# Save your editing session and exit the text editor (eg. with vi: press '''ESC''', then type ''':wx''' followed by '''ENTER''').<br><br>[[Image:if-3.png|thumb|right|330px|Output of a shell script using the '''if-else''' control-flow statement.]]
# Issue the following linux Linux command to add execute permissions for your shell script:<br><span style="color:blue;font-weight:bold;font-family:courier;">chmod u+x if-3.bash</span><br><br>
# Run your shell script by issuing: <span style="color:blue;font-weight:bold;font-family:courier;">./if-3.bash</span><br><br>What do you notice? Try running the script several times with numbers different and equal to each other to confirm that the shell script works correctly.<br><br>Let's learn how to use a simple loop with shell scripting. In this tutorial, we will only focus on one simple use with the '''for''' loop.<br><br>
# Use a text editor like vi or nano to create the text file called '''for-1.bash''' (eg. <span style="color:blue;font-weight:bold;font-family:courier;">vi for-1.bash</span>)<br><br>If you are using the nano text editor, refer to notes on text editing in a previous week in the course schedule.<br><br>
# Enter the following lines in your shell script:<br><span style="font-family:courier;font-weight:bold;">#!/bin/bash<br>echo<br>for x in 5 4 3 2 1<br>do<br>&nbsp;&nbsp;&nbsp;echo $x<br>done<br>echo "blast-off!"<br>echo</span><br><br>
# Save your editing session and exit the text editor (eg. with vi: press '''ESC''', then type ''':wx''' followed by '''ENTER''').<br><br>[[Image:for-1.png|thumb|right|125px|Output of a shell script using the '''for''' loop with a '''list'''.]]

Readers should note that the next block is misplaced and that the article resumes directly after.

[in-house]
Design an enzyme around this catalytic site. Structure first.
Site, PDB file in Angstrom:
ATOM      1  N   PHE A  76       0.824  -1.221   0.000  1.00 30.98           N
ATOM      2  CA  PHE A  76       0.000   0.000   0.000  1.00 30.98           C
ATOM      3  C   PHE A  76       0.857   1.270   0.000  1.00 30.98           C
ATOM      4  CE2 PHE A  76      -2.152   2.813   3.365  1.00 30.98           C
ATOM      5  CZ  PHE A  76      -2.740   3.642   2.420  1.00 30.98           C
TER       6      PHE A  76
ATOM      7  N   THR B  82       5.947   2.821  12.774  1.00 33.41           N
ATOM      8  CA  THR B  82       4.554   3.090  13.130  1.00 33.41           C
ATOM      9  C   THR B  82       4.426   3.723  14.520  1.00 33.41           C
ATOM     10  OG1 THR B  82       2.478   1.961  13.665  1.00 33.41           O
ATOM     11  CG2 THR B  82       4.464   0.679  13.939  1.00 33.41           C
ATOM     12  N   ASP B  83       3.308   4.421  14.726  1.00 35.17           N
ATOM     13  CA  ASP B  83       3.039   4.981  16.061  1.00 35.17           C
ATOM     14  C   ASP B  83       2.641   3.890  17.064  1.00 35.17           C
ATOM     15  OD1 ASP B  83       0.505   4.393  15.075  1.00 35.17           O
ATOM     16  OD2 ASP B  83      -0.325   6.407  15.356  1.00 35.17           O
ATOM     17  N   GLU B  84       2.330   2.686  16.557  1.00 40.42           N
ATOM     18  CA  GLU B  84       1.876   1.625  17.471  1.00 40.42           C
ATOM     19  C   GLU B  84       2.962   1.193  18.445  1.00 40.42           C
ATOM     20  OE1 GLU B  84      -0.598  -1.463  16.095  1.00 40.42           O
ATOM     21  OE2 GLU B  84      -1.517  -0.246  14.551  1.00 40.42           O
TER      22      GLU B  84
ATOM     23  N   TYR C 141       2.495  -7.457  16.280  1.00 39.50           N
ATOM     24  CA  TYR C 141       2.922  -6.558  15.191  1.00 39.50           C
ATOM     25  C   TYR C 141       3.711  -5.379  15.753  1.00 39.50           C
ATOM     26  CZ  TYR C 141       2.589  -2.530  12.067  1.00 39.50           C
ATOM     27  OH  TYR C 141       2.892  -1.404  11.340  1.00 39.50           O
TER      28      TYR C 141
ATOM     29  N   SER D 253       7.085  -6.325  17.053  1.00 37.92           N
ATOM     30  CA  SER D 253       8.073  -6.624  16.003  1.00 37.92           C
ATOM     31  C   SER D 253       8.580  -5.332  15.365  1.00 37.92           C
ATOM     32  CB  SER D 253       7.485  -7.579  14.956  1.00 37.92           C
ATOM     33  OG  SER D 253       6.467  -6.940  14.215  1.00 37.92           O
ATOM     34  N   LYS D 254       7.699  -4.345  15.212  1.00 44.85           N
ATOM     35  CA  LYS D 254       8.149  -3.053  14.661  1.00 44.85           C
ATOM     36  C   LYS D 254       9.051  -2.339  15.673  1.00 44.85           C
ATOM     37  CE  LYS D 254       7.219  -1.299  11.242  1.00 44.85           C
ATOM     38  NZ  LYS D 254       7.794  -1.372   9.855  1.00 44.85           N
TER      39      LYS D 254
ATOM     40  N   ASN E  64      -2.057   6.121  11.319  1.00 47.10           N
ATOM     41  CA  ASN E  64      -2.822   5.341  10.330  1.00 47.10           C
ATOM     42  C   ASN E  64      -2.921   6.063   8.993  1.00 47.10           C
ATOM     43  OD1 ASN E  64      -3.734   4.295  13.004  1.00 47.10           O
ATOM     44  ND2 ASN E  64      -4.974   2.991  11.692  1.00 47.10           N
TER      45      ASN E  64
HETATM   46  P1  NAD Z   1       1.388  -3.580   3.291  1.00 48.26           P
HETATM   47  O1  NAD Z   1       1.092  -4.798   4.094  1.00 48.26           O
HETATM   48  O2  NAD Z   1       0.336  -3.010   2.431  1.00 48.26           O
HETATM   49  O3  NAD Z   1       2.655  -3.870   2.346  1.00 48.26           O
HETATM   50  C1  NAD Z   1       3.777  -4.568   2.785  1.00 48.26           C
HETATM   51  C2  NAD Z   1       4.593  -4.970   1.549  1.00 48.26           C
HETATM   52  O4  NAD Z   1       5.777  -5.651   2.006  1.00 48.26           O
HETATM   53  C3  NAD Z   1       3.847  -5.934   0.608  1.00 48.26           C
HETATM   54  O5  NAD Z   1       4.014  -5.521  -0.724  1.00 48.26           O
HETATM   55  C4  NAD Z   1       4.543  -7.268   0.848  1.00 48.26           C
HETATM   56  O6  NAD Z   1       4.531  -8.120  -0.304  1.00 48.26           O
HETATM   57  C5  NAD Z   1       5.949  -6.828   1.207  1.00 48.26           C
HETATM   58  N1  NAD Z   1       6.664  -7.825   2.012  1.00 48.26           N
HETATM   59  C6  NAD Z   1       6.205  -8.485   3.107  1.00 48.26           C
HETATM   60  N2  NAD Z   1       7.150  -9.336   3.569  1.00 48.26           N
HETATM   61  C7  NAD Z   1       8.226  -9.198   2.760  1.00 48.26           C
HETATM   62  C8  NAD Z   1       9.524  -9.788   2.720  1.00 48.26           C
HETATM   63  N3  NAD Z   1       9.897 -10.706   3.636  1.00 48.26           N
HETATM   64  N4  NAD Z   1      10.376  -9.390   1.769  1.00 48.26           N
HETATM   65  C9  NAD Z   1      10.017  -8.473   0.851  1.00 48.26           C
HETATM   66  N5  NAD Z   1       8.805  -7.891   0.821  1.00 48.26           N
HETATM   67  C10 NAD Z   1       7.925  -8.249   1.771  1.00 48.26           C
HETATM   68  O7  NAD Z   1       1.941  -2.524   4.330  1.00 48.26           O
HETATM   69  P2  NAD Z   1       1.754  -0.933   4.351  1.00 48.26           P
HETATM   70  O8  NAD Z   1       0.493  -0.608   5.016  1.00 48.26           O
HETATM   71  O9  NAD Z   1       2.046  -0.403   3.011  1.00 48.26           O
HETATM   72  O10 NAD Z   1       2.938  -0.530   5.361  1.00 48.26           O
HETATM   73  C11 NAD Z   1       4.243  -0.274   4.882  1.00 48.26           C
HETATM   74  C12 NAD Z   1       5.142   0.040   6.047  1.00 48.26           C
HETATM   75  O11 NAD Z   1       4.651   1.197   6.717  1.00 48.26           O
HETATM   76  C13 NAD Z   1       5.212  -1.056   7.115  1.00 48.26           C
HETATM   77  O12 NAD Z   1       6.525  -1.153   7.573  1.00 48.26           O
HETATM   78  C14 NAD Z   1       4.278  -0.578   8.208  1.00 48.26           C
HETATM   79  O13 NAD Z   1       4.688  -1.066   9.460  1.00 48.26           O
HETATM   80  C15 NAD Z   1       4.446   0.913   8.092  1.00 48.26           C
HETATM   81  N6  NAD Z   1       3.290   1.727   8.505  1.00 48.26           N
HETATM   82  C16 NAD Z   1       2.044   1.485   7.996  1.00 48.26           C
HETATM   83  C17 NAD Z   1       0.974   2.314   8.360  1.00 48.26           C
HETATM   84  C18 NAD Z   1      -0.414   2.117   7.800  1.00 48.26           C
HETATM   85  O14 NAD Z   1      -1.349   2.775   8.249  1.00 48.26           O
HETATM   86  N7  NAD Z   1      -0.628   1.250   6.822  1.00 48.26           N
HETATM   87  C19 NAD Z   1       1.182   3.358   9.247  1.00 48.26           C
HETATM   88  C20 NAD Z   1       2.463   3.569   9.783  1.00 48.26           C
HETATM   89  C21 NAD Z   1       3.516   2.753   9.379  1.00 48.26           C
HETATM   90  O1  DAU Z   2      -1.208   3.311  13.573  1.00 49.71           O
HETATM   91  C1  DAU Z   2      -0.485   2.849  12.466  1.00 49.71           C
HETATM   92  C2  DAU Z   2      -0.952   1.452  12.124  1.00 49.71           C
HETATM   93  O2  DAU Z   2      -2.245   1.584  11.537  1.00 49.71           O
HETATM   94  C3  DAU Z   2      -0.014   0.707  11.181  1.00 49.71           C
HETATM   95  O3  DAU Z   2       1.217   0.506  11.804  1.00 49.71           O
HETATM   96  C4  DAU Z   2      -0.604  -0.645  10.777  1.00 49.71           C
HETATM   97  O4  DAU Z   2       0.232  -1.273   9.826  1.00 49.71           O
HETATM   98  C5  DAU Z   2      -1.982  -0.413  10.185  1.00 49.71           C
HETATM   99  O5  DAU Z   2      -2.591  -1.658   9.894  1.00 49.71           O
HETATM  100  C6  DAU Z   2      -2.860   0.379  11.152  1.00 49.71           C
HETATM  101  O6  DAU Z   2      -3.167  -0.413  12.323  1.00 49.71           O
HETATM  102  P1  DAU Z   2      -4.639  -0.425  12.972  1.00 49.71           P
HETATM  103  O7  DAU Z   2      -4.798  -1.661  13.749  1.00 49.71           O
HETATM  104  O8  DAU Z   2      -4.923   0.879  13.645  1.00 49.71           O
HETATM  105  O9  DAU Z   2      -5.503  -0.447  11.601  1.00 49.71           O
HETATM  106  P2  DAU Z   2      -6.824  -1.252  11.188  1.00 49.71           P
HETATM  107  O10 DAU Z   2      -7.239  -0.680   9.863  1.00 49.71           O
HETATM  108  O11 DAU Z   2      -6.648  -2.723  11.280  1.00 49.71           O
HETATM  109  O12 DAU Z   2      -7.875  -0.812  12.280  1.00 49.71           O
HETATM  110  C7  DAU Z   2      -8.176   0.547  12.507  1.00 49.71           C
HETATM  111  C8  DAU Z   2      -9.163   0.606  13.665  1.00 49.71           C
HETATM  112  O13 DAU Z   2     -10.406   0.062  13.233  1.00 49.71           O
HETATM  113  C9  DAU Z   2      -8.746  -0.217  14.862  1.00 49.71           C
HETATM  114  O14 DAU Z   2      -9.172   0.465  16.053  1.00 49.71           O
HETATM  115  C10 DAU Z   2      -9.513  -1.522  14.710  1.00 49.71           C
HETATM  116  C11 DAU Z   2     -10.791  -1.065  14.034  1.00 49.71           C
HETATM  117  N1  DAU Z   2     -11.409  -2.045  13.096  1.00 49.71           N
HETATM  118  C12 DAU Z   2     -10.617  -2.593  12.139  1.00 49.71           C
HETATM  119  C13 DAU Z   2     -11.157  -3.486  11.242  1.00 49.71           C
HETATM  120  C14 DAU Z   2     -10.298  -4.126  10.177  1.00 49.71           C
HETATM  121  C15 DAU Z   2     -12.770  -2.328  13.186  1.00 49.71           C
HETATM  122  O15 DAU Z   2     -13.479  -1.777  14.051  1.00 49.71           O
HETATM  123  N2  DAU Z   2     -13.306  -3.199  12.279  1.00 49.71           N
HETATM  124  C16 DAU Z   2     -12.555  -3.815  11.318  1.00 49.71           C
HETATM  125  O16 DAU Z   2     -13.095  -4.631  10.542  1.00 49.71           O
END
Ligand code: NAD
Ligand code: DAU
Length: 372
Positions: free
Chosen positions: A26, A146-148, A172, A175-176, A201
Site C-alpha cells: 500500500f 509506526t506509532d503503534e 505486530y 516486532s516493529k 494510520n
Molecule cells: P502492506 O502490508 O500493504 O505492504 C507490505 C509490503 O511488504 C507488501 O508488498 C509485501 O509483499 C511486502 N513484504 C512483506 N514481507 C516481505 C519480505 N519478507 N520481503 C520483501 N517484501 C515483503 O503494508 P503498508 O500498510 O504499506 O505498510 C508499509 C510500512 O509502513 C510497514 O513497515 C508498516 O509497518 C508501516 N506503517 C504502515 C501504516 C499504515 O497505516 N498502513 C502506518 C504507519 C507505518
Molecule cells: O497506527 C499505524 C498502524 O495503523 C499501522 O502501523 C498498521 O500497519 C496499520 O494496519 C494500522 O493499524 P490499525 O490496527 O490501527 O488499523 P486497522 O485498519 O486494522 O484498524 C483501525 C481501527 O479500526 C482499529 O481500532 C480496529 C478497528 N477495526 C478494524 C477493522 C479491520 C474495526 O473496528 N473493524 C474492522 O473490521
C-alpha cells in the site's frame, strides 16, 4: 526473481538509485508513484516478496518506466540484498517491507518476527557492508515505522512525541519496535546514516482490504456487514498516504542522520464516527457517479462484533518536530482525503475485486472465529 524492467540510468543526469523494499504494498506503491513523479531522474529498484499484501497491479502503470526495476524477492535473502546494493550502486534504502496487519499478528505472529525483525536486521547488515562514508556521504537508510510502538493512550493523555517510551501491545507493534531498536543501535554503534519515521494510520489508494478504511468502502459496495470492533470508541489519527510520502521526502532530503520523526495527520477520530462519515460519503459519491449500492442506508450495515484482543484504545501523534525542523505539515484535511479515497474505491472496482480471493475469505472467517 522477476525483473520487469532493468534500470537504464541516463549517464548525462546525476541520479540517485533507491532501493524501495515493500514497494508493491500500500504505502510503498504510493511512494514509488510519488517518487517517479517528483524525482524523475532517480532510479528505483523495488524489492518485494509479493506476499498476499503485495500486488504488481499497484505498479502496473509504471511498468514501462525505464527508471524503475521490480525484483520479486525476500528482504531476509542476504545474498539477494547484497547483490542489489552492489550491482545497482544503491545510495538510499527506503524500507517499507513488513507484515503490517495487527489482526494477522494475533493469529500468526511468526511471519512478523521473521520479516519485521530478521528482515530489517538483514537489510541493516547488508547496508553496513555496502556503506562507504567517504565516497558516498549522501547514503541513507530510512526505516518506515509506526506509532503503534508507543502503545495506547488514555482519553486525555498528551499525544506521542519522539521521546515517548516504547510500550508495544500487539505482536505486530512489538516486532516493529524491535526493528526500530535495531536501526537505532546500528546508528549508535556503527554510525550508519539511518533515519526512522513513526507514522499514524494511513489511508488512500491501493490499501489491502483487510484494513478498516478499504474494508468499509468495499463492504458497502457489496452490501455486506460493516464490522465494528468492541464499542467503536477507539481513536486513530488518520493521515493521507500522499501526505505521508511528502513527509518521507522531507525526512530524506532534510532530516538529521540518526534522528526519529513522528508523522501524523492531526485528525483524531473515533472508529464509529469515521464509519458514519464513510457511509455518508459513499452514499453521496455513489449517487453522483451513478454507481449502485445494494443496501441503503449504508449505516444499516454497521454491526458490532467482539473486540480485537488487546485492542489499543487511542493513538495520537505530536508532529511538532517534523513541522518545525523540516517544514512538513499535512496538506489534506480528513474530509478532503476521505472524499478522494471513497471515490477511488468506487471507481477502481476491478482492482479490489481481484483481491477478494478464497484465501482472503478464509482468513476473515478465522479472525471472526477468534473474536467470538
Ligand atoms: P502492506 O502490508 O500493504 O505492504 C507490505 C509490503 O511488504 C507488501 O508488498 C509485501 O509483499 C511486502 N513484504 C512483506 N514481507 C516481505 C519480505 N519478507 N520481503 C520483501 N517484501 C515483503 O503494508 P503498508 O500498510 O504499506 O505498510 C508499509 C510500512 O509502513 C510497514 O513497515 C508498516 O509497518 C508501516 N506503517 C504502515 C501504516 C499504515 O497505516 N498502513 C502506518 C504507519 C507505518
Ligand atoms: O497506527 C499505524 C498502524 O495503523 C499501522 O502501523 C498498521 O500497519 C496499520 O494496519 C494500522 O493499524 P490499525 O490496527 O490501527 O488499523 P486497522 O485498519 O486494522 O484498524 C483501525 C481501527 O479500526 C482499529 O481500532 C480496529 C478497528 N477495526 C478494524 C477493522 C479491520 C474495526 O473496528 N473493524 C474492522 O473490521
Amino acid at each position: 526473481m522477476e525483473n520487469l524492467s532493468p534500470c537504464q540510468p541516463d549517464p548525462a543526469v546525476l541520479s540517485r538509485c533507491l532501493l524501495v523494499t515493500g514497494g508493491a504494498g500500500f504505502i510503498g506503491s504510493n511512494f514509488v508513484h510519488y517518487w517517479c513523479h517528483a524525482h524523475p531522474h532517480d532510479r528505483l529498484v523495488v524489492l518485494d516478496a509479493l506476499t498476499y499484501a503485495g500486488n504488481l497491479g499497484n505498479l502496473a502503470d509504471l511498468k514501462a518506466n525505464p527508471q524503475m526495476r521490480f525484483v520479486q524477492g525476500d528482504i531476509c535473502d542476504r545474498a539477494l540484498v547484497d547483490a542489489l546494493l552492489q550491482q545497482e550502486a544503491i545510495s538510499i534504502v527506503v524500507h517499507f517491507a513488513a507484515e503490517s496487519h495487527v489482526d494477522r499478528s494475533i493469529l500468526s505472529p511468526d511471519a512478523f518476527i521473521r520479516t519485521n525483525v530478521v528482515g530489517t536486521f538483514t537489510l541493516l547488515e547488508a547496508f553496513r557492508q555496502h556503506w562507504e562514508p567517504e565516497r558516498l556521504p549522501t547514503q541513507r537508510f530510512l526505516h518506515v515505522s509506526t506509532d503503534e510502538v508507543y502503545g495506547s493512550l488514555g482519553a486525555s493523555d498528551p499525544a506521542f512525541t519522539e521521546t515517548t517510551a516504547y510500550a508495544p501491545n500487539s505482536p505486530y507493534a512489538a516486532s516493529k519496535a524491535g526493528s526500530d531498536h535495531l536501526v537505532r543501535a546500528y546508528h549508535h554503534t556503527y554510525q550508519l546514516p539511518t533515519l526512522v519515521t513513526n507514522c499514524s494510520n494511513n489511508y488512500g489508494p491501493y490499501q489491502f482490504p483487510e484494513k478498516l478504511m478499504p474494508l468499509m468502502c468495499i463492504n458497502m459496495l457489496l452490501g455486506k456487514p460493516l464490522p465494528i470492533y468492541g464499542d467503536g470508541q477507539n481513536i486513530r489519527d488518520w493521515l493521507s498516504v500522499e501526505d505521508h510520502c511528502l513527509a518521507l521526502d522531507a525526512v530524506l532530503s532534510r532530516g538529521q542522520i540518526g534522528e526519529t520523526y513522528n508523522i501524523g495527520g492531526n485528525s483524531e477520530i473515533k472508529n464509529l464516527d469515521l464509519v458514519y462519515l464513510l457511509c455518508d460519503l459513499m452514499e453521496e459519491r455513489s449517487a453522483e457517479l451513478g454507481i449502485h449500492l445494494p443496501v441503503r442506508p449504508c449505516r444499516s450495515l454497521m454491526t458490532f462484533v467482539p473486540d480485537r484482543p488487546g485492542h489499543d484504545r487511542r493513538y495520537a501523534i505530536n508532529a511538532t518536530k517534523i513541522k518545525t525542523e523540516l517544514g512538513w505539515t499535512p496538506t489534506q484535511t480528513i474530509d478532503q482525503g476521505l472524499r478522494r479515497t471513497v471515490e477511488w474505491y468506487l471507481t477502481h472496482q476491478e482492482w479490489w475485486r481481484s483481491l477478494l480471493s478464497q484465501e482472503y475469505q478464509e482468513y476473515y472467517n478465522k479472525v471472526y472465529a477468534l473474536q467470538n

# Issue the following linux Linux command to add execute permissions for your shell script:<br><span style="color:blue;font-weight:bold;font-family:courier;">chmod u+x for-1.bash</span><br><br>
# Run your shell script by issuing: <span style="color:blue;font-weight:bold;font-family:courier;">./for-1.bash</span><br><br>
# Use a text editor like vi or nano to create the text file called '''for-2.bash''' (eg. <span style="color:blue;font-weight:bold;font-family:courier;">vi for-2.bash</span>)<br><br>If you are using the nano text editor, refer to notes on text editing in a previous week in the course schedule.<br><br>
# Enter the following lines in your shell script:<br><span style="font-family:courier;font-weight:bold;">#!/bin/bash<br>echo<br>for x<br>do<br>&nbsp;&nbsp;&nbsp;echo $x<br>done<br>echo "blast-off!"<br>echo</span><br><br>
# Save your editing session and exit the text editor (eg. with vi: press '''ESC''', then type ''':wx''' followed by '''ENTER''').<br><br>
# Issue the following linux Linux command to add execute permissions for your shell script:<br><span style="color:blue;font-weight:bold;font-family:courier;">chmod u+x for-2.bash</span><br><br>[[Image:for-2.png|thumb|right|175px|Output of a shell script using the '''for''' loop <u>without</u> a '''list'''.]]
# Run your shell script by issuing: <span style="color:blue;font-weight:bold;font-family:courier;">./for-2.bash 10 9 8 7 6 5 4 3 2 1</span><br><br>How does this differ from the previous shell script?<br><br>You will learn in a couple of weeks more examples of using loop statements.<br><br>Let's run a '''checking-script''' to confirm that both your '''for-1.bash''' and '''for-2.bash'''<br>Bash shell scripts exist, have execute permissions, and when run, produce<br>the same OUTPUT as required in this tutorial's instructions.<br><br>
# Issue the following Linux command to run a checking script:<br><span style="color:blue;font-weight:bold;font-family:courier;">bash /home/murray.saul/myscripts/week10-check-4 | more</span><br><br>